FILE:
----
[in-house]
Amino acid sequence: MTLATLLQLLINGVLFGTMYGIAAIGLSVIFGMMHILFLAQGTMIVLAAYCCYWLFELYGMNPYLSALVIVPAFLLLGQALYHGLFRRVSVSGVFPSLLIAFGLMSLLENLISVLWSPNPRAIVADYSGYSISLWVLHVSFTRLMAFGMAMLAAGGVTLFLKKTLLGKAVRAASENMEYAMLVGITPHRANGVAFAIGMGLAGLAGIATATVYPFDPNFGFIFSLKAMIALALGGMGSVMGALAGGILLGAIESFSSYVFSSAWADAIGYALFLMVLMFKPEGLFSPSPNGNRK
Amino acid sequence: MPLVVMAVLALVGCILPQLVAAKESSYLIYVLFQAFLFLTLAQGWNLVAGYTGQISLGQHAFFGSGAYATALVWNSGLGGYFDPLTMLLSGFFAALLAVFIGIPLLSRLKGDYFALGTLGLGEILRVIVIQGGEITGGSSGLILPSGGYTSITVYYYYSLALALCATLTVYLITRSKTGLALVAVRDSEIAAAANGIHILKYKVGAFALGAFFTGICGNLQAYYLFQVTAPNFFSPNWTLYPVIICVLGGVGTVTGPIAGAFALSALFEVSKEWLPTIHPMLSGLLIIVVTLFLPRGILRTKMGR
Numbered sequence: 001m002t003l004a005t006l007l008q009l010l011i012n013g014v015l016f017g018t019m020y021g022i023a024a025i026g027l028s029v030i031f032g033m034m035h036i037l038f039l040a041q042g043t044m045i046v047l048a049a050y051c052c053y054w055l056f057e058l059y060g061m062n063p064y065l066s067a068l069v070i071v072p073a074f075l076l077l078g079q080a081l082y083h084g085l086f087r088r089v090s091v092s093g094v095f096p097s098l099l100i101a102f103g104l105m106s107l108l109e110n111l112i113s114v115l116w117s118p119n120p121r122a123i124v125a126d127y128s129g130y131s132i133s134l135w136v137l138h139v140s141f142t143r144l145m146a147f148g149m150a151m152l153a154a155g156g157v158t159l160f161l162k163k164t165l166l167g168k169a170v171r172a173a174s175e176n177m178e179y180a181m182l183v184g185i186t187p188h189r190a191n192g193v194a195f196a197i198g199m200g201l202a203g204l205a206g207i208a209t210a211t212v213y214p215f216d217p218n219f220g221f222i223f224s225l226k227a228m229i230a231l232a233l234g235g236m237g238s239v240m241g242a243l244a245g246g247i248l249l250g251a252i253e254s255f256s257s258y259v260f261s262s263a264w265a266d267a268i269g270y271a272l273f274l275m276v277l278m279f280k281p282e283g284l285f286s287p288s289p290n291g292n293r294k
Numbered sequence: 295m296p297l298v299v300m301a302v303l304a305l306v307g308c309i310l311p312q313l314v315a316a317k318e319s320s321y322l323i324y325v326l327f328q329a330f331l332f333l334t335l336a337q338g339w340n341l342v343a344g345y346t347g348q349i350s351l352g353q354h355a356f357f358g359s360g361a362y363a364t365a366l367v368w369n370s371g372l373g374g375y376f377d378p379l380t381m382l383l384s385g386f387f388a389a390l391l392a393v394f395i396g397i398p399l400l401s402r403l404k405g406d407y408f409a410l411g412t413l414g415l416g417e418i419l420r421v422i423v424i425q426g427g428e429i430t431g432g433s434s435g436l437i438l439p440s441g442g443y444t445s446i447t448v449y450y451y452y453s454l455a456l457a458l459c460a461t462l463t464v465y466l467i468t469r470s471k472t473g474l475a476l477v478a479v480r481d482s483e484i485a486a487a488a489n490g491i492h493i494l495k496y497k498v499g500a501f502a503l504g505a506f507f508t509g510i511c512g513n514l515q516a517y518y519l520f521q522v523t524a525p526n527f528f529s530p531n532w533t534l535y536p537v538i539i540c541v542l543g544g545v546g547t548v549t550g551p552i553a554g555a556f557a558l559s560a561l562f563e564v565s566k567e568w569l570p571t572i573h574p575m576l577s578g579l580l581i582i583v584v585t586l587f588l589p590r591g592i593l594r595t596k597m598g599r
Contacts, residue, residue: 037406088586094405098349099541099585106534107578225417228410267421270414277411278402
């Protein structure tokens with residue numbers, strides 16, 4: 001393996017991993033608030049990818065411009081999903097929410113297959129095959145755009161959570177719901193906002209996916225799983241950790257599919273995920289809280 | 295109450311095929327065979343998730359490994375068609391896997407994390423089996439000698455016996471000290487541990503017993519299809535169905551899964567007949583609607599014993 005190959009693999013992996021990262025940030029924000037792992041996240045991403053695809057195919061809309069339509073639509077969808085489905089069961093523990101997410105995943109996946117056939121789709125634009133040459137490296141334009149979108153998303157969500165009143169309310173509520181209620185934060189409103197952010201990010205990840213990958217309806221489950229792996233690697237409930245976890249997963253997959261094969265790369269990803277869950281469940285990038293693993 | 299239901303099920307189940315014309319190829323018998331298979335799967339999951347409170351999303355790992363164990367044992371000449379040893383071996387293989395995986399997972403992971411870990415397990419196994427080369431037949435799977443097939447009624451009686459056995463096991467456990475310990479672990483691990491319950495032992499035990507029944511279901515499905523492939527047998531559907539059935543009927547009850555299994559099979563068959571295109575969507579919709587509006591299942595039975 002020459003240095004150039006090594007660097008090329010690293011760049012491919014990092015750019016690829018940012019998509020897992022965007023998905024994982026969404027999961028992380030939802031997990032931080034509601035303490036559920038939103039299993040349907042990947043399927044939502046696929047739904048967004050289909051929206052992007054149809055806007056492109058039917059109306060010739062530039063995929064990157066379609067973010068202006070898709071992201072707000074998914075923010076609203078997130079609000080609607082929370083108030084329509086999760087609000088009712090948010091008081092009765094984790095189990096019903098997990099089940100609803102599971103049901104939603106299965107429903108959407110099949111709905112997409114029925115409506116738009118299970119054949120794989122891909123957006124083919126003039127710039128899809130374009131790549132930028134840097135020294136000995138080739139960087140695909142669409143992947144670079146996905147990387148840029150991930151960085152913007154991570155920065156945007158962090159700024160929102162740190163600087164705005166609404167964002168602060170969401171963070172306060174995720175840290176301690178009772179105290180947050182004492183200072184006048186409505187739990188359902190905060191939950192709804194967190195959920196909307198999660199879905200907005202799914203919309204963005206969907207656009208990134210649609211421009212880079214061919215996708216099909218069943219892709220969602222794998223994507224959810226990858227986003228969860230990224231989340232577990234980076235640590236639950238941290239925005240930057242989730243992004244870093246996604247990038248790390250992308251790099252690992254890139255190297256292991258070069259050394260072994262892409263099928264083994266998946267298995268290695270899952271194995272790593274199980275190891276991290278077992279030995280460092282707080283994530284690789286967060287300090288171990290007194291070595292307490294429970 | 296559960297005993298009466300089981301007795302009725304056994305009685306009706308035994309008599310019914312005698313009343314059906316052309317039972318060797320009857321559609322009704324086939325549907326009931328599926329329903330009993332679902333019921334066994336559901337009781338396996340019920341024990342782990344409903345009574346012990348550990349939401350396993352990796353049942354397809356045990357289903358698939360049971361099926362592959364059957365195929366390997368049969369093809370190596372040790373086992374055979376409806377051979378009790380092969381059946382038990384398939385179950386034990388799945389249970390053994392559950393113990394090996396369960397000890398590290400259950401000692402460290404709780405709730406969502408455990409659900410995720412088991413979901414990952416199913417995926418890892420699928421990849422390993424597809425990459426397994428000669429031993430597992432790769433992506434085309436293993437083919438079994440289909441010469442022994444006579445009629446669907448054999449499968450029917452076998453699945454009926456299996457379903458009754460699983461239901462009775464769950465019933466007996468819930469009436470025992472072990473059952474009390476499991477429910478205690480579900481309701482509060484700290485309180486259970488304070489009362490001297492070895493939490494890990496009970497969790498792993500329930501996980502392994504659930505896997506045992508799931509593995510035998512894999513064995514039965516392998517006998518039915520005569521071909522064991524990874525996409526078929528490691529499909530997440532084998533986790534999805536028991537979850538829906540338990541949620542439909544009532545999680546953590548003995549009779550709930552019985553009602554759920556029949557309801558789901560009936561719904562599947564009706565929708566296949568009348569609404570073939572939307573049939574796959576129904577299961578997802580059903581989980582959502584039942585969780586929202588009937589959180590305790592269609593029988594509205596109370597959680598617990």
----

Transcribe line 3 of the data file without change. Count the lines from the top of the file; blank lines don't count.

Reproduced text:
Amino acid sequence: MPLVVMAVLALVGCILPQLVAAKESSYLIYVLFQAFLFLTLAQGWNLVAGYTGQISLGQHAFFGSGAYATALVWNSGLGGYFDPLTMLLSGFFAALLAVFIGIPLLSRLKGDYFALGTLGLGEILRVIVIQGGEITGGSSGLILPSGGYTSITVYYYYSLALALCATLTVYLITRSKTGLALVAVRDSEIAAAANGIHILKYKVGAFALGAFFTGICGNLQAYYLFQVTAPNFFSPNWTLYPVIICVLGGVGTVTGPIAGAFALSALFEVSKEWLPTIHPMLSGLLIIVVTLFLPRGILRTKMGR